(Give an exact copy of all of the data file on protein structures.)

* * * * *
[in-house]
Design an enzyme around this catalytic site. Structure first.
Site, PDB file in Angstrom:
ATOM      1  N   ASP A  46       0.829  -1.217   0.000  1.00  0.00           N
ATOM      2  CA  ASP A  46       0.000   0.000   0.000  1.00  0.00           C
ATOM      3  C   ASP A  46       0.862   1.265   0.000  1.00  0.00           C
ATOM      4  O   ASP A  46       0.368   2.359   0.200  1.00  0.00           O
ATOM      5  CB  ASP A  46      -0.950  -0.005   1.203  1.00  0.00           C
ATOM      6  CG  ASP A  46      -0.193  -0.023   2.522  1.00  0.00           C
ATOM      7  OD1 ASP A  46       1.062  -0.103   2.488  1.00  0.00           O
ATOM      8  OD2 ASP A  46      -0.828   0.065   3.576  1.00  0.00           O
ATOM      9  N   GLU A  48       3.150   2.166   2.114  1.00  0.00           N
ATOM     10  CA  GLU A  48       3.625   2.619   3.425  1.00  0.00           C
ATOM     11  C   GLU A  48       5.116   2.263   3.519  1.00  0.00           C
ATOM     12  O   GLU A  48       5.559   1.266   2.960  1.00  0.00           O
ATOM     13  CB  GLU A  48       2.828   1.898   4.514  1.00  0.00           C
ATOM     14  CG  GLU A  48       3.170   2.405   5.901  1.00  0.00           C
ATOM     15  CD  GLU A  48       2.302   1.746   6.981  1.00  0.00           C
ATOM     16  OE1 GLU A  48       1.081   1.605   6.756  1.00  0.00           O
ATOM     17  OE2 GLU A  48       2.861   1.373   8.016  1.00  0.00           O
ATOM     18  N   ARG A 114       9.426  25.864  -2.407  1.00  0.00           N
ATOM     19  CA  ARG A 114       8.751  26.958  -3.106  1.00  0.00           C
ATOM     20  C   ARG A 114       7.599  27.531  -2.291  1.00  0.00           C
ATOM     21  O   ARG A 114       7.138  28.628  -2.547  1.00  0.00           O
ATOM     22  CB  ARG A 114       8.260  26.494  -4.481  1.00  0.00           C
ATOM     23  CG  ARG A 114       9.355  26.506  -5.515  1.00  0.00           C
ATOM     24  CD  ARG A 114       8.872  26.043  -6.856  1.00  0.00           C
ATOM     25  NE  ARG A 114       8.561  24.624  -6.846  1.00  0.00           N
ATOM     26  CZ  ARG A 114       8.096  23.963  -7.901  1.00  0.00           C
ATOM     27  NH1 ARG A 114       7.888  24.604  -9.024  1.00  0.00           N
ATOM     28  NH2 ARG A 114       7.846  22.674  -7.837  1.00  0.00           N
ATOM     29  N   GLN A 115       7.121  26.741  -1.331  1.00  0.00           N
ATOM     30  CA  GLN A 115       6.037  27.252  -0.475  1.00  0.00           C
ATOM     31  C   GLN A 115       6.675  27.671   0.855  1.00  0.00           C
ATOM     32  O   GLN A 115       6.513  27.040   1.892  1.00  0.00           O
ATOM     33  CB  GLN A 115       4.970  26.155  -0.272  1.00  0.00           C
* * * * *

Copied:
[in-house]
Design an enzyme around this catalytic site. Structure first.
Site, PDB file in Angstrom:
ATOM      1  N   ASP A  46       0.829  -1.217   0.000  1.00  0.00           N
ATOM      2  CA  ASP A  46       0.000   0.000   0.000  1.00  0.00           C
ATOM      3  C   ASP A  46       0.862   1.265   0.000  1.00  0.00           C
ATOM      4  O   ASP A  46       0.368   2.359   0.200  1.00  0.00           O
ATOM      5  CB  ASP A  46      -0.950  -0.005   1.203  1.00  0.00           C
ATOM      6  CG  ASP A  46      -0.193  -0.023   2.522  1.00  0.00           C
ATOM      7  OD1 ASP A  46       1.062  -0.103   2.488  1.00  0.00           O
ATOM      8  OD2 ASP A  46      -0.828   0.065   3.576  1.00  0.00           O
ATOM      9  N   GLU A  48       3.150   2.166   2.114  1.00  0.00           N
ATOM     10  CA  GLU A  48       3.625   2.619   3.425  1.00  0.00           C
ATOM     11  C   GLU A  48       5.116   2.263   3.519  1.00  0.00           C
ATOM     12  O   GLU A  48       5.559   1.266   2.960  1.00  0.00           O
ATOM     13  CB  GLU A  48       2.828   1.898   4.514  1.00  0.00           C
ATOM     14  CG  GLU A  48       3.170   2.405   5.901  1.00  0.00           C
ATOM     15  CD  GLU A  48       2.302   1.746   6.981  1.00  0.00           C
ATOM     16  OE1 GLU A  48       1.081   1.605   6.756  1.00  0.00           O
ATOM     17  OE2 GLU A  48       2.861   1.373   8.016  1.00  0.00           O
ATOM     18  N   ARG A 114       9.426  25.864  -2.407  1.00  0.00           N
ATOM     19  CA  ARG A 114       8.751  26.958  -3.106  1.00  0.00           C
ATOM     20  C   ARG A 114       7.599  27.531  -2.291  1.00  0.00           C
ATOM     21  O   ARG A 114       7.138  28.628  -2.547  1.00  0.00           O
ATOM     22  CB  ARG A 114       8.260  26.494  -4.481  1.00  0.00           C
ATOM     23  CG  ARG A 114       9.355  26.506  -5.515  1.00  0.00           C
ATOM     24  CD  ARG A 114       8.872  26.043  -6.856  1.00  0.00           C
ATOM     25  NE  ARG A 114       8.561  24.624  -6.846  1.00  0.00           N
ATOM     26  CZ  ARG A 114       8.096  23.963  -7.901  1.00  0.00           C
ATOM     27  NH1 ARG A 114       7.888  24.604  -9.024  1.00  0.00           N
ATOM     28  NH2 ARG A 114       7.846  22.674  -7.837  1.00  0.00           N
ATOM     29  N   GLN A 115       7.121  26.741  -1.331  1.00  0.00           N
ATOM     30  CA  GLN A 115       6.037  27.252  -0.475  1.00  0.00           C
ATOM     31  C   GLN A 115       6.675  27.671   0.855  1.00  0.00           C
ATOM     32  O   GLN A 115       6.513  27.040   1.892  1.00  0.00           O
ATOM     33  CB  GLN A 115       4.970  26.155  -0.272  1.00  0.00           C